One of the tougher leagues in which I play is the Strat-O-Matic "Summer League of Champions" (SLOC) league, curated by the ever venerable Larry Denicola in a setup that includes 24 total participants.
Using the great Strat format, SLOC allows a throw back draft every three years which allows teams to build a basic roster using the Strat Hall of Fame set. From there, each year we pick a season to exploit and the Hall of Fame set is augmented by the players and rosters for a particular year (for this season, the chosen year was 1948).
So, we keep our Hall of Famers for three seasons, and then redraft from the specific season each year, and play it out. It is important to note that players like Dwight Evans and Orel Hershiser--excellent players who fell short of actual HOF status--are included within the HOF set, and the league does have fairly tight usage rules. That is, players can only play in the assigned position, and there are penalties for overuse of a specific player.
Well, I have struggled over my three years in the league, trying to balance defense and speed and power and pitching. But the longer I play, the clearer I am that pitching doesn't help that much when Bob Gibson goes 8-18, 4.94 and David Wells 8-10, 5.71. So, next season that means I will look more to hitting than pitching.
But, if I ever wondered how much difference it makes for a very good team to match up against a great team, this lesson was drilled in this final month of our season when I played eight home games and went a sad 1-7.
Because I got knocked out of the playoff picture by mid-season, I used the bulk of my starters like Ozzie Smith and Ed Delahanty and Eddie Murray up until our September play, and then subbed out said stars for the likes of Howard Johnson (Strat-O-Matic averages stats over three-year periods in HOF-type contests, so Johnon's numbers reflect a .255-25-80 season), Bobby Brown (.300-3-48 with a .383 OBP) and Birdie Tebbetts (.280-5-68 with a .371 OBP) over the likes of Ron Santo, Frankie Frisch, and Bill Dickey.
In just about any Strat or sim matchup, Tebbetts, Brown, and HoJo would be excellent bench support, but in a league that features Lefty Grove and Walter Johnson as the top arms, and where guys like Frank Chance can simply kill your squad whether Nolan Ryan or Webster McDonald is hurling is the norm, not the exception.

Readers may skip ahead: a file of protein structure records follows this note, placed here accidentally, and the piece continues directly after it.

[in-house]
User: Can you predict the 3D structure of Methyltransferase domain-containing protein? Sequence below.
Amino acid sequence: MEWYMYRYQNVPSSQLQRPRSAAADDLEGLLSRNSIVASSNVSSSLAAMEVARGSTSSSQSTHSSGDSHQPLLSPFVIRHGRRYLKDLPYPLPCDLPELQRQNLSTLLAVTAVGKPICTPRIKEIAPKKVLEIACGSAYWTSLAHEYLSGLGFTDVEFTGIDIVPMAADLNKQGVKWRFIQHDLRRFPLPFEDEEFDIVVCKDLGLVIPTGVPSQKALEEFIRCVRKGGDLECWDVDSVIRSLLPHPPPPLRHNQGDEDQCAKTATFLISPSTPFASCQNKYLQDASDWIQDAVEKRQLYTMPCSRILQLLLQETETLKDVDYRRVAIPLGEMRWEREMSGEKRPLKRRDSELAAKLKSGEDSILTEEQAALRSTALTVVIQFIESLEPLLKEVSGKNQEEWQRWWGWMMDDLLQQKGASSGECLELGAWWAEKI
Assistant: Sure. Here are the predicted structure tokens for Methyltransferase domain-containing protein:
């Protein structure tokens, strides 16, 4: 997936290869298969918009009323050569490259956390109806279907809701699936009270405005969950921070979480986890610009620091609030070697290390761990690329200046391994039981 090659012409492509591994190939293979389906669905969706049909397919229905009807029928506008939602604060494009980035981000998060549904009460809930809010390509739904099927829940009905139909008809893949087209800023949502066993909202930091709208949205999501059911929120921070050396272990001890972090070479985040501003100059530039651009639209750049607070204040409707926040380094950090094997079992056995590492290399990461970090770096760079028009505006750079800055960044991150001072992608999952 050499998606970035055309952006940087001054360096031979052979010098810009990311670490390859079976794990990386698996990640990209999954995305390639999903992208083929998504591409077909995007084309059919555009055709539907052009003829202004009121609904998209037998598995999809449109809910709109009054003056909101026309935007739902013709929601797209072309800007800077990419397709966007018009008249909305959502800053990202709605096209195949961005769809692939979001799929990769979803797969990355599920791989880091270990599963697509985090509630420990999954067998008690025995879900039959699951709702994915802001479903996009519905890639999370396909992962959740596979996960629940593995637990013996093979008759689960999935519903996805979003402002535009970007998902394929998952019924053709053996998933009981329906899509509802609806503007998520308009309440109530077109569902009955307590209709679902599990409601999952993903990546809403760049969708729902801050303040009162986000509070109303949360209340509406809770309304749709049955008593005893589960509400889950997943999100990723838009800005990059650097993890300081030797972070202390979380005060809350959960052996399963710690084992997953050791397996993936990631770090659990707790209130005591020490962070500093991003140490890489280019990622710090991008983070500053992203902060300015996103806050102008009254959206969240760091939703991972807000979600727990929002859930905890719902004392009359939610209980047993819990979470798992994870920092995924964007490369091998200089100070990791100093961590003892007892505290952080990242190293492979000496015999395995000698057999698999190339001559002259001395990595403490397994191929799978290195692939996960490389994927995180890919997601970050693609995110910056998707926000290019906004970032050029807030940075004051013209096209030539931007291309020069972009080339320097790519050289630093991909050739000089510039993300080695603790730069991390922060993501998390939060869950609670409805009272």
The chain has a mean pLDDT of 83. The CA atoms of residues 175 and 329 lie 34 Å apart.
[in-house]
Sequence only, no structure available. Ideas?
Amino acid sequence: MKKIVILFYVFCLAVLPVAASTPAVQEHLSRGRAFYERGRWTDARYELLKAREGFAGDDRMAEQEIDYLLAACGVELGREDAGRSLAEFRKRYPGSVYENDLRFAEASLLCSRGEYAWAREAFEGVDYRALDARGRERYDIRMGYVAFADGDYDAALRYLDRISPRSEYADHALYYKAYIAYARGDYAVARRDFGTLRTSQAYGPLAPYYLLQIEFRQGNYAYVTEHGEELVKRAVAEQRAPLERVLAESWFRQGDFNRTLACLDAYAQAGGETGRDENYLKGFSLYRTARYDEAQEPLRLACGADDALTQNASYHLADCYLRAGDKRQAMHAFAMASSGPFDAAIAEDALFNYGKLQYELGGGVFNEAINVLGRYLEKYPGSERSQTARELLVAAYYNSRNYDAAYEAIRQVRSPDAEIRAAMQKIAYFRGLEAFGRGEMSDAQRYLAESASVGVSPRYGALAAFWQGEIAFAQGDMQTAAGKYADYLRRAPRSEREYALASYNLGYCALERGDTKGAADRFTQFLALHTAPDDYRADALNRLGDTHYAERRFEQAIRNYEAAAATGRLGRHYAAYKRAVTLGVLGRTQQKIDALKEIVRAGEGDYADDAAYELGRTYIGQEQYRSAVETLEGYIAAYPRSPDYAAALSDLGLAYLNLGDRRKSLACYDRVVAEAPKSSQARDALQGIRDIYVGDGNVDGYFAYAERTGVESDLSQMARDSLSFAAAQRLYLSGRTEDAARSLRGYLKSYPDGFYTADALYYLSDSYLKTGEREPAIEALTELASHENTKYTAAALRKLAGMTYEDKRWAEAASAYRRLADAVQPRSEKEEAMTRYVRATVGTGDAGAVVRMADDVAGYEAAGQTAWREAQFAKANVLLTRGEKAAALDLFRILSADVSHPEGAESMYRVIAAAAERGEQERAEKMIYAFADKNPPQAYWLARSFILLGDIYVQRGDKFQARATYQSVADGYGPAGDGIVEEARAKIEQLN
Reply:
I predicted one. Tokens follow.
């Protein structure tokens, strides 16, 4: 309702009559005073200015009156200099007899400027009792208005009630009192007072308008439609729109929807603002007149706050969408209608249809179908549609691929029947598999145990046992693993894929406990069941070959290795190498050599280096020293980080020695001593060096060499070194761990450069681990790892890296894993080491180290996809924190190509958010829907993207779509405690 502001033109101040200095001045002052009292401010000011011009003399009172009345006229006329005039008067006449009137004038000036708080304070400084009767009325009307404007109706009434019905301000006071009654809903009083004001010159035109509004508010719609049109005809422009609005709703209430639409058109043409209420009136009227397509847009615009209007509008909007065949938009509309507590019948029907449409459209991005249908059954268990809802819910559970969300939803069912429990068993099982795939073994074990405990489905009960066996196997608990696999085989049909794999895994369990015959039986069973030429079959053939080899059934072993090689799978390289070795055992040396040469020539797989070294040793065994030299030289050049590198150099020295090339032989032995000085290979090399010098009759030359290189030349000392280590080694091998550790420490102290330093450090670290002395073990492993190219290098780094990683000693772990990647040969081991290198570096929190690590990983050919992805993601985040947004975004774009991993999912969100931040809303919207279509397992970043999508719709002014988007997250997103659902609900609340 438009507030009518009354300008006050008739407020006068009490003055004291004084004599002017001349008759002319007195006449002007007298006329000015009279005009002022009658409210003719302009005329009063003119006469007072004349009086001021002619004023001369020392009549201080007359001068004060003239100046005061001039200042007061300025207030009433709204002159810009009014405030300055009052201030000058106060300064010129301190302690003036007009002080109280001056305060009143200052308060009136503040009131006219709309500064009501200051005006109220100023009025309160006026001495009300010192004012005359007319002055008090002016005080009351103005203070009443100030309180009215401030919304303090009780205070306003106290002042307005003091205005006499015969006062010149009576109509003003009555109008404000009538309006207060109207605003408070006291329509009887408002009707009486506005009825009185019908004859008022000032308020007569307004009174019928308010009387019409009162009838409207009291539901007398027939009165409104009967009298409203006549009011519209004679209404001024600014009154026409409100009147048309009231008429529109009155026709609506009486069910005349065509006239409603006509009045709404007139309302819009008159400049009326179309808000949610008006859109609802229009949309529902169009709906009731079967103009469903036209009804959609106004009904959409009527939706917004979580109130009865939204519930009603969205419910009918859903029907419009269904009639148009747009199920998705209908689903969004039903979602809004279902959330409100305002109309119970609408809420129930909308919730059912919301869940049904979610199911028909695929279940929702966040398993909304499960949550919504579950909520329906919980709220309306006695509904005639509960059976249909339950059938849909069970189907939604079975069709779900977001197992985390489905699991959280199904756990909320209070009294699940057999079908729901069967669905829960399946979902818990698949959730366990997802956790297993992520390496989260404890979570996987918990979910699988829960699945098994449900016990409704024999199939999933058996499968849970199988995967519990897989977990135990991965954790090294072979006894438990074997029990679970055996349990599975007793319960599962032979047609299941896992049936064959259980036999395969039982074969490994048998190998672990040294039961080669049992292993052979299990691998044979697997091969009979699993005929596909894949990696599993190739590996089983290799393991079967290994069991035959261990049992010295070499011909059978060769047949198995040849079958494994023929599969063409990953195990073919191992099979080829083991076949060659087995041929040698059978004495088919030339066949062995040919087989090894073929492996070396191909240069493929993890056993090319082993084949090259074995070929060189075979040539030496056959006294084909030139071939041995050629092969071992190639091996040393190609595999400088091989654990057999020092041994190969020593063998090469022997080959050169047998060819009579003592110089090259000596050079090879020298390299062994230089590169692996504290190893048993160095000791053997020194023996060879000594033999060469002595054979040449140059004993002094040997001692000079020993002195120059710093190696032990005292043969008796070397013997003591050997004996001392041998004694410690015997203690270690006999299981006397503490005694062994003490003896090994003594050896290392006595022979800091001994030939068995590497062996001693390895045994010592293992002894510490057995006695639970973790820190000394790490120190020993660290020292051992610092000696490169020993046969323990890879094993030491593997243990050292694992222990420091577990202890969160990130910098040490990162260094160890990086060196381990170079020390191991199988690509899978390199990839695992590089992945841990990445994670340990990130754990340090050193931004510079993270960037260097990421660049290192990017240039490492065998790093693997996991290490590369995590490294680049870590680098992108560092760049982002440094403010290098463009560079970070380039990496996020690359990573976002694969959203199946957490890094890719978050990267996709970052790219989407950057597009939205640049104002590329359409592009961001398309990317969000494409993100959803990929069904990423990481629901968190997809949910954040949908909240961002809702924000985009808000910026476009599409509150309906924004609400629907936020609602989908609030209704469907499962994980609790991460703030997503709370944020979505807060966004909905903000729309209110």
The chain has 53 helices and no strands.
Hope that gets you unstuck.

That does indeed make things very tight, but also, I have found, very depressing. For, in a league where indeed the toughest three outs are those in the ninth, where a seven-run lead is nothing to feel safe about, and where Rogers Hornsby and Dave Parker can easily come off the bench and bounce a pitcher around, this is the way of things.
I can indeed adjust next year, where I will freeze Gibson and Hershiser and McDonald (if you do not know him, he is a great reliever in such a setting), focusing first on hitters, then pitchers. And, ideally, some success will follow and I can sub the likes of HoJo for Santo once a week to spread out the usage impact.
But, even with that, it was shocking this year during my final round of games to see that for the most part, my team never stood a chance with a contingent of very good and respectable players trying to stay on equal footing with Hall of Famers.
I suppose this was much like the old winter barnstorming days when American All-Star teams would tour Japan and win 19 of 21 games, for the one game I salvaged this time was a close one where Nolan Ryan held our opponents to just two runs, and Mr. Johnson belted a two-run jack in the eighth to give me a lead that McDonald successfully protected.
However, I feel sure had Johnson hit his dinger in the sixth, that game too would have fallen by the wayside as the late-inning pressure and players would have dropped my Berkeley Radicals onto the losing end of the scoresheet.
Mind you, I am not complaining. Fantasy and Sim games are good fun, and for me they are an opportunity not just to play a game, and a baseball game at that. But they also afford a chance to play out situations and see just how the hits and strikeouts fall, and which side of the diamond said stats live by the last out.
I frequently like to advise fantasy players to try a lot of formats and styles of play, for what we learn in one league can often help us learn what to do in another seemingly different league (remember, the league might be different, but the game of baseball remains a constant).
So, I can only suggest you have at it. After all, games are fun! And baseball games are the most.